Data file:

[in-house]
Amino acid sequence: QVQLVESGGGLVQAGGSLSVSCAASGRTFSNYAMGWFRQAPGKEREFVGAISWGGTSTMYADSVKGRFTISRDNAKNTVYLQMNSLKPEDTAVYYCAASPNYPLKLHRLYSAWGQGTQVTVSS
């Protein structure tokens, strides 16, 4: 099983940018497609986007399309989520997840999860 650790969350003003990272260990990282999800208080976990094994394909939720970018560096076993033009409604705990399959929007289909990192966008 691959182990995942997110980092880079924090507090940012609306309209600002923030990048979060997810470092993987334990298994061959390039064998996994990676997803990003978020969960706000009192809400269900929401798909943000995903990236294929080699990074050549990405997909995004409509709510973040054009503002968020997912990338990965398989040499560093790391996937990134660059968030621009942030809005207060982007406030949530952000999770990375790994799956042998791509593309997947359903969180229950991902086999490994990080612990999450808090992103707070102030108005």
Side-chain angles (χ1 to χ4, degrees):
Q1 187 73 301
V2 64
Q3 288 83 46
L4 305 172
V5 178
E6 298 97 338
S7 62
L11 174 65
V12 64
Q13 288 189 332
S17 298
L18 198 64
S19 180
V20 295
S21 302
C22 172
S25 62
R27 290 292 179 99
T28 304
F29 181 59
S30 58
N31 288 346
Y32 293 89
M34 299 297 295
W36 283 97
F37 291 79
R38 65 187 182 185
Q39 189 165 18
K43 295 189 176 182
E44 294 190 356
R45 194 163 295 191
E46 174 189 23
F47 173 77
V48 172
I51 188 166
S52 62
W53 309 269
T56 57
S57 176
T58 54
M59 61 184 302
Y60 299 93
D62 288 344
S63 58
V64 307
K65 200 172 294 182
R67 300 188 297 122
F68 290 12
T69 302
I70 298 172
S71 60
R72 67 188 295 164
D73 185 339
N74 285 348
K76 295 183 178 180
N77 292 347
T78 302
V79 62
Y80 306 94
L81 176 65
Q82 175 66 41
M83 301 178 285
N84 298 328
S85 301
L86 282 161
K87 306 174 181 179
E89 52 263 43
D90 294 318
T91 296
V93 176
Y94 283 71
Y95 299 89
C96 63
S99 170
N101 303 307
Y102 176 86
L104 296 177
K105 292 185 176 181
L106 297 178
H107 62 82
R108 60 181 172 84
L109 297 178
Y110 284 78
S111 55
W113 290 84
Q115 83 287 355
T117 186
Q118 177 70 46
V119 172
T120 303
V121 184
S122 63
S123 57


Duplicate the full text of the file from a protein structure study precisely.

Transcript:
[in-house]
Amino acid sequence: QVQLVESGGGLVQAGGSLSVSCAASGRTFSNYAMGWFRQAPGKEREFVGAISWGGTSTMYADSVKGRFTISRDNAKNTVYLQMNSLKPEDTAVYYCAASPNYPLKLHRLYSAWGQGTQVTVSS
């Protein structure tokens, strides 16, 4: 099983940018497609986007399309989520997840999860 650790969350003003990272260990990282999800208080976990094994394909939720970018560096076993033009409604705990399959929007289909990192966008 691959182990995942997110980092880079924090507090940012609306309209600002923030990048979060997810470092993987334990298994061959390039064998996994990676997803990003978020969960706000009192809400269900929401798909943000995903990236294929080699990074050549990405997909995004409509709510973040054009503002968020997912990338990965398989040499560093790391996937990134660059968030621009942030809005207060982007406030949530952000999770990375790994799956042998791509593309997947359903969180229950991902086999490994990080612990999450808090992103707070102030108005």
Side-chain angles (χ1 to χ4, degrees):
Q1 187 73 301
V2 64
Q3 288 83 46
L4 305 172
V5 178
E6 298 97 338
S7 62
L11 174 65
V12 64
Q13 288 189 332
S17 298
L18 198 64
S19 180
V20 295
S21 302
C22 172
S25 62
R27 290 292 179 99
T28 304
F29 181 59
S30 58
N31 288 346
Y32 293 89
M34 299 297 295
W36 283 97
F37 291 79
R38 65 187 182 185
Q39 189 165 18
K43 295 189 176 182
E44 294 190 356
R45 194 163 295 191
E46 174 189 23
F47 173 77
V48 172
I51 188 166
S52 62
W53 309 269
T56 57
S57 176
T58 54
M59 61 184 302
Y60 299 93
D62 288 344
S63 58
V64 307
K65 200 172 294 182
R67 300 188 297 122
F68 290 12
T69 302
I70 298 172
S71 60
R72 67 188 295 164
D73 185 339
N74 285 348
K76 295 183 178 180
N77 292 347
T78 302
V79 62
Y80 306 94
L81 176 65
Q82 175 66 41
M83 301 178 285
N84 298 328
S85 301
L86 282 161
K87 306 174 181 179
E89 52 263 43
D90 294 318
T91 296
V93 176
Y94 283 71
Y95 299 89
C96 63
S99 170
N101 303 307
Y102 176 86
L104 296 177
K105 292 185 176 181
L106 297 178
H107 62 82
R108 60 181 172 84
L109 297 178
Y110 284 78
S111 55
W113 290 84
Q115 83 287 355
T117 186
Q118 177 70 46
V119 172
T120 303
V121 184
S122 63
S123 57